Obtaining clear informed consent from patients is a cornerstone of performing any major medical procedure or surgery, yet there is a lack of standardisation of consent procedures in Australia.
That lack of standardisation contributes to problems with obtaining patient consent, according to Professor Kerry Sherman, Health Psychologist in the Centre for Emotional Health and Department of Psychology at Macquarie University.
Professor Sherman is a behavioural medicine researcher who has done extensive work researching decision-making in the medical context, and how people perceive health risks. Professor Sherman and her team have conducted a systematic review of the three exisiting measures of patient consent:
- Information provision
- Comprehension of information by patients
- Voluntariness of decision-making without coercion
“Informed consent reflects all of these aspects, and so should the measurement of consent. We found that the exisiting measures were mostly inadequate. None assessed all three domains of consent, with little evidence for validity of these measures,” said Professor Sherman.
“There was also little consideration given to whether patients found these measures acceptable to use. We need to look at developing a new approach to measuring informed consent. One that reflects a psychometrically sound, valid and reliable measure that taps into all three domains of consent. It is also important that it is easy for patients to use and is relevant for both patients and doctors,” Professor Sherman added.
Patients do not always understand the risk of procedures
Even with the best intentions of doctors and anaesthetists, patients don’t always understand medical terminology or the risks of their procedures.
“From a legal point of view, patients have ticked the box and agreed, but they are not actually comprehending the implications of what they have agreed to. They also may not have been given the adequate time to think about whether that was the right decision,” said Professor Sherman.
Research tells us that patients can have very different levels of understanding of risk, and varied perceptions of what that risk means, Professor Sherman said. For example, one patient may be very concerned about a 5% risk of complication, while another might not be concerned until there is at least a 30% risk. Legally, while patients must give consent before any medical procedure, Professor Sherman explains that there are a whole lot of holes and inconsistencies in the informed consent process.
“There is increasing evidence demonstrating that patients will sometimes agree to procedures they don’t really understand. Face-to-face consent does not always involve written consent. In cases of minor procedures, consent can be implied. For example, a patient holding out an arm to receive a vaccination,” said Professor Sherman.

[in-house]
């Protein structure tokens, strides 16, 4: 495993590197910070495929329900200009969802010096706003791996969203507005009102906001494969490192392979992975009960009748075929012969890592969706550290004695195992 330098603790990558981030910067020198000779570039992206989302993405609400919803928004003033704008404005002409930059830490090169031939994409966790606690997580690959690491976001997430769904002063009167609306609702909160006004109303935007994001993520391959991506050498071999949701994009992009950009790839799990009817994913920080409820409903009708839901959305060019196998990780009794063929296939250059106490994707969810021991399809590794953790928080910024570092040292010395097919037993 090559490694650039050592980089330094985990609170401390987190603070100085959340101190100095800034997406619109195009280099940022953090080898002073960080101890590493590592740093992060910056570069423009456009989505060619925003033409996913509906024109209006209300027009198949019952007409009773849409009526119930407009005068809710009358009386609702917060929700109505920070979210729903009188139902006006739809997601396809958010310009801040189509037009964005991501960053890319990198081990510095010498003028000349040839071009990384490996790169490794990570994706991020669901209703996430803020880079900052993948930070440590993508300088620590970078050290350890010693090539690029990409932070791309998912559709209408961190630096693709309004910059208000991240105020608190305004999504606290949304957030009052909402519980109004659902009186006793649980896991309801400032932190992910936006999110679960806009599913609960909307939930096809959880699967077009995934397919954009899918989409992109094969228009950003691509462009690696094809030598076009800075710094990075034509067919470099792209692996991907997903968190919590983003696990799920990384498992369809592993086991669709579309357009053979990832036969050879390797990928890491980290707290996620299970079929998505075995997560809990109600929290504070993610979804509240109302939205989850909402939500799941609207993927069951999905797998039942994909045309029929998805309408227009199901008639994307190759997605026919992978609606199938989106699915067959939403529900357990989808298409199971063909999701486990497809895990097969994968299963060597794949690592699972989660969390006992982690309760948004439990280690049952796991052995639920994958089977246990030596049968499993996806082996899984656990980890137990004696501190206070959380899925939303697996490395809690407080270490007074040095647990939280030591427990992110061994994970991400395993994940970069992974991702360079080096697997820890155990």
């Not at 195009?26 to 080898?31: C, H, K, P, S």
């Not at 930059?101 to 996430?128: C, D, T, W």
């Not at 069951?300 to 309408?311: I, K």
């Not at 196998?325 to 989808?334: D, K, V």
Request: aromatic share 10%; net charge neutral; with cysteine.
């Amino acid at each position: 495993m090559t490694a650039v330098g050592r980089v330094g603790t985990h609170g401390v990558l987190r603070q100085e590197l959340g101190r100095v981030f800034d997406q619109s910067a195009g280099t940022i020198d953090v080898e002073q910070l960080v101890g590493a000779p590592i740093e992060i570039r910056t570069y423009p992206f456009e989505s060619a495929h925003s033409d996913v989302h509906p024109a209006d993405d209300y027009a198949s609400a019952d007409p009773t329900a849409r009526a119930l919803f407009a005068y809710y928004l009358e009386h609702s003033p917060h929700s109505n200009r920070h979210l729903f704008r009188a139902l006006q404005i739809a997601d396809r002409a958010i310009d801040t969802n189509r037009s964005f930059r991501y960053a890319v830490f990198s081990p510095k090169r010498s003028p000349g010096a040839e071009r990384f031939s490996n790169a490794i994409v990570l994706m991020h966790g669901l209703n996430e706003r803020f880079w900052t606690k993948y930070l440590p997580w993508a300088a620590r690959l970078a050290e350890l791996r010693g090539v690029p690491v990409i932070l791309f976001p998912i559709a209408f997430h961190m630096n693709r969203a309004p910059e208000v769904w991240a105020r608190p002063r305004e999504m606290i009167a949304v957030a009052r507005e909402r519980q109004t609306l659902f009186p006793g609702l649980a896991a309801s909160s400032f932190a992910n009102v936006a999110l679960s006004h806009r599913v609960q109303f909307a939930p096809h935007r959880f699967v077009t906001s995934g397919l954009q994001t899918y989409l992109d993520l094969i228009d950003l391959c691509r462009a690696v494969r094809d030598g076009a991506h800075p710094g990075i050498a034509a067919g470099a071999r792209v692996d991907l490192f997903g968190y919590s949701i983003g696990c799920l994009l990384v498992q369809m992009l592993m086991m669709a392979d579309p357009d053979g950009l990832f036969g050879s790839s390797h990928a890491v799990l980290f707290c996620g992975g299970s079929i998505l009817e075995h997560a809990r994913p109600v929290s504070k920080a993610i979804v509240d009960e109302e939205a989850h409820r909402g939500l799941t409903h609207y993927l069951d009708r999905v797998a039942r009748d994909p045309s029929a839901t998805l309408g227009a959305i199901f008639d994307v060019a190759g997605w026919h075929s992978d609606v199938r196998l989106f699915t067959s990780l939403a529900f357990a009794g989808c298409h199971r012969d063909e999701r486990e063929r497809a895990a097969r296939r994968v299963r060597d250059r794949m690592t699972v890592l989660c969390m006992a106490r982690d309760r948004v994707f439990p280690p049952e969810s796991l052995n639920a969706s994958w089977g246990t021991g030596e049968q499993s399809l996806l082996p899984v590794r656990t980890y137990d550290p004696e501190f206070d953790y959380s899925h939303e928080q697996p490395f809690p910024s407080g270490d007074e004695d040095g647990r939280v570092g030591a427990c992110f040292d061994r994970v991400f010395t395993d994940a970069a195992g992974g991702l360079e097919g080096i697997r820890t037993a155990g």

Informal or implied consent, however, is not sufficient for significant procedures such as operations requiring general, spinal, epidural or any invasive procedure where there are known risks or complications.
Stress can hinder a patient’s decision to consent
A patient’s ability to give informed consent can also be affected by anxiety experienced before medical procedures or surgery. The anxiety triggered by the need to undergo surgery can greatly affect their ability to understand complex information and make decisions.
Consent obtained just before surgery is problematic, as anxiety about the procedure may combine with the pressure to make a decision, which further impairs the patient’s decision-making abilities. Even when written informed consent is obtained, patients may agree to the procedure with little understanding of what they are agreeing to.
“Pre-surgery, most patients are experiencing heightened anxiety and are out of their comfort zone, so there is more likelihood that decisions will be made in haste,” said Professor Sherman.
Professor Sherman believes that patients must:
- Receive adequate information about the procedure
- Know the appropriate levels of detail
- Receive clear outlines of the risk
- Comprehend the information provided
“There also needs to be adequate time for the patient to process the information and make a decision, without feeling any pressure from their doctor. All of which should be measured with valid and reliable instruments. The decision-making must reflect the patient’s values and preferences, and not just those of the clinician,” said Professor Sherman.
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